Esther now thriving with foster family
A few weeks ago, a little girl called Esther with cerebral palsy had been abandoned by the rubbish dump on the main road in Cap-Haitien. It was a sad reminder of the reality of living with disability in Haiti, and we can’t help but wonder what her little mind and heart must be feeling having been left by a pile of rubbish. It’s easy to presume that it’s simple neglect, but from our experience the causes are often much deeper and more tragic. It’s normally incredibly poor mothers, with limited support networks, in seemingly hopeless situations, not knowing whom to turn too. We’ve now found a foster family for Esther as we do with all children who are abandoned at our centre.
That’s why community outreach is a huge element of our work. We have a team of 6 outreach workers who reach out into the community and provide support for families with disabilities. This includes providing pastoral support within the homes of families who are struggling, and making sure they’re connected with appropriate support. These teams also advocate for child rights within the community, and link with schools, churches and other community groups to develop a more inclusive society.
Furthermore, our children’s home “Maison de Benediction” has been extended to include Community Based Rehabilitation (CBR) that challenges the issues of disability within the communities close to the home. In the end of August, the CBR team organised a conference for school teachers in Haiti. We ran a two-day conference for 50 schools and 150 teachers training them how to include disabled children in the classroom. Children with disabilities are denied basic education in Haiti as classrooms are not inclusive. It is normal for teachers to whip children for lack of co-operation or bad behaviour. The session on positive behaviour management was a completely new concept especially as teachers normally use the bible to back up their beating of children.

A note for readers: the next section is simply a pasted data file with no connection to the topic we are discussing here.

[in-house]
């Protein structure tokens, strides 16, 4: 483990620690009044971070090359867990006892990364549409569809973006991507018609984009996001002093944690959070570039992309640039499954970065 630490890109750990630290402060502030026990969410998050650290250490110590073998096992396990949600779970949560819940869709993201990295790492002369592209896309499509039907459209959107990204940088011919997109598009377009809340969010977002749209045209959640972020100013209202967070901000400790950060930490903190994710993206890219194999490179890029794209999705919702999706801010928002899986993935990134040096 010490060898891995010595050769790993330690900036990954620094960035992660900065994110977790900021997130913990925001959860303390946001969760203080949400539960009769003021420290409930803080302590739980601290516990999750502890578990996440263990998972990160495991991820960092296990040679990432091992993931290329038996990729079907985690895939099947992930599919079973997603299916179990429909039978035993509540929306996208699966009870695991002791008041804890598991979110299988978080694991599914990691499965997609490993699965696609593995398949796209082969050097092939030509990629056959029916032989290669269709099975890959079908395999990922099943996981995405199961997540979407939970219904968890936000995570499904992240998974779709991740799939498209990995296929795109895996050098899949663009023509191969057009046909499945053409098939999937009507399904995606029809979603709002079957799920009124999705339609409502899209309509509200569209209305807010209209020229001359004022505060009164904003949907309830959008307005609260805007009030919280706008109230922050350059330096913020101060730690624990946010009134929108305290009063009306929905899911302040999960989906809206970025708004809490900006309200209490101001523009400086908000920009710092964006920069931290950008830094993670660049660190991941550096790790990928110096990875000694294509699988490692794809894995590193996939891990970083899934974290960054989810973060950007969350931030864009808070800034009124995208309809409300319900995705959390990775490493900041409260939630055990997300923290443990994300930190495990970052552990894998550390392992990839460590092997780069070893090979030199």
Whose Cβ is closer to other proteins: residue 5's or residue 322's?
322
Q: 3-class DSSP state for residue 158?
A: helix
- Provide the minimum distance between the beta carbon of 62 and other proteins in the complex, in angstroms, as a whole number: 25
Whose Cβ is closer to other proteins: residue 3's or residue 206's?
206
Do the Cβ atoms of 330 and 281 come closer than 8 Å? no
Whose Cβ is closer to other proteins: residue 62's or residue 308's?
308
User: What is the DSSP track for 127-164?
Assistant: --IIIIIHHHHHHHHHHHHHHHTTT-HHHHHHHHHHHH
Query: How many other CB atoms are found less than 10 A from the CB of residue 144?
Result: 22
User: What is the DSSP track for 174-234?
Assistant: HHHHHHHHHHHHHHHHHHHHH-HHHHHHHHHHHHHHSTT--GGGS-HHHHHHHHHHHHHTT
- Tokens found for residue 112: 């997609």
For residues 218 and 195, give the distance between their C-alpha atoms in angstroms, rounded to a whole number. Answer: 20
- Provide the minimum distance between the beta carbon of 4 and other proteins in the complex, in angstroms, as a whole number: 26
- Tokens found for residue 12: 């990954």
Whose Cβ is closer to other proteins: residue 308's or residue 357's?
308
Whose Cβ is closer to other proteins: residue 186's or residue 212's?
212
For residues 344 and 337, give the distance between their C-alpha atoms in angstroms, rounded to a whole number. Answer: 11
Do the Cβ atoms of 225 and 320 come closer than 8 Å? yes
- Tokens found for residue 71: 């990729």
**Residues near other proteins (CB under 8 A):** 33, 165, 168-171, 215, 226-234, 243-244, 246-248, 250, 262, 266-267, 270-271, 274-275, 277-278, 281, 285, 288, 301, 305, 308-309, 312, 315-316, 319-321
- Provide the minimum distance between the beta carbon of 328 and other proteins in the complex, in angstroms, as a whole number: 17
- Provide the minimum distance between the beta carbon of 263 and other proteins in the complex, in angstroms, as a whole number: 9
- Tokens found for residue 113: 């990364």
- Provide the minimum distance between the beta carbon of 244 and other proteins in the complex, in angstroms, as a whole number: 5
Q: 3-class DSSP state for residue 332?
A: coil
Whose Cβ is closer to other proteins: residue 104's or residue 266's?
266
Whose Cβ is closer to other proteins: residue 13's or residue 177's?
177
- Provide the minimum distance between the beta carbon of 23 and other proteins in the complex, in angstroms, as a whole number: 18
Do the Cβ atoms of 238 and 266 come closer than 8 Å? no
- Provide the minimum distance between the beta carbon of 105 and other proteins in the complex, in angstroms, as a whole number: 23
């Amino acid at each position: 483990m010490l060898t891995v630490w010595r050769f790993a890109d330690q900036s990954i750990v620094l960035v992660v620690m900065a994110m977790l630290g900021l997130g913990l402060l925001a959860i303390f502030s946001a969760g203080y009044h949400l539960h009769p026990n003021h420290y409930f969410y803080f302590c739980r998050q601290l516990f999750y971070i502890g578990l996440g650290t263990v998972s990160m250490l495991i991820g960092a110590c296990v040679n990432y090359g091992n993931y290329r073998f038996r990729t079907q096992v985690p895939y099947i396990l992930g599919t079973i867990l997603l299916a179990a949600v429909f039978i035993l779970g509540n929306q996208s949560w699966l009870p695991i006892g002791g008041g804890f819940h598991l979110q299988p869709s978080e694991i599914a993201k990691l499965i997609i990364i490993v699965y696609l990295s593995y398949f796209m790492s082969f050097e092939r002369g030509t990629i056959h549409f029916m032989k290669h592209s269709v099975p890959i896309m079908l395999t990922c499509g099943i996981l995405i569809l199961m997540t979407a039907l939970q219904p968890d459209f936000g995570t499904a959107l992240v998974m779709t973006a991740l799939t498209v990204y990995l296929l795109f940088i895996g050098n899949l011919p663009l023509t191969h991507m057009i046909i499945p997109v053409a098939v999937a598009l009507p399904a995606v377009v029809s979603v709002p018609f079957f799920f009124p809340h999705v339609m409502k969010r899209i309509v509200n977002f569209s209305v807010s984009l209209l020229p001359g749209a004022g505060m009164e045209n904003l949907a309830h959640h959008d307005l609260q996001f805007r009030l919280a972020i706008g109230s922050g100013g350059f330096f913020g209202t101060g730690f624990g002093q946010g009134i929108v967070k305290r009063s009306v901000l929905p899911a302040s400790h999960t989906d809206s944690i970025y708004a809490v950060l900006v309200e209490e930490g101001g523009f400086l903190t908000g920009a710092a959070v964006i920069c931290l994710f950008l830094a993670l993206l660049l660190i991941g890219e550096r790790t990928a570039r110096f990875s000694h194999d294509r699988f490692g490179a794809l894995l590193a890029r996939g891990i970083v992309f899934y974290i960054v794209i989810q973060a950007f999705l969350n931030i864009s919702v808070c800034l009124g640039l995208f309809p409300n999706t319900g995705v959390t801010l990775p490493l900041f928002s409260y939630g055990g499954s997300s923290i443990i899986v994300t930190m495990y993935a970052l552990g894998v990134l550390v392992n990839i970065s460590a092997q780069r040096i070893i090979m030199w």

On September 21 st we received an International Team of Orthopaedic surgeons to assess 54 of the disabled children we have identified within the community. This event was a combination of the work of the Community Based Rehabilitation of the Children’s Home and the Rehabilitation Ward at the hospital. Although the Rehab building was only completed the week before this was an ideal opportunity to put it into use for this important day. This work is made possible because of the integrated approach HHA has to disability and rehabilitation, we believe that we can bring life changing interventions through this work to the many children who would otherwise have no access to surgery or prosthetics.
If you’d like to help transform the lives of some of these children please make a donation towards this project today. It is only thanks to you that such positive change is being made! Thanks again and please keep up the great support.
Families waiting for orthopaedic assessment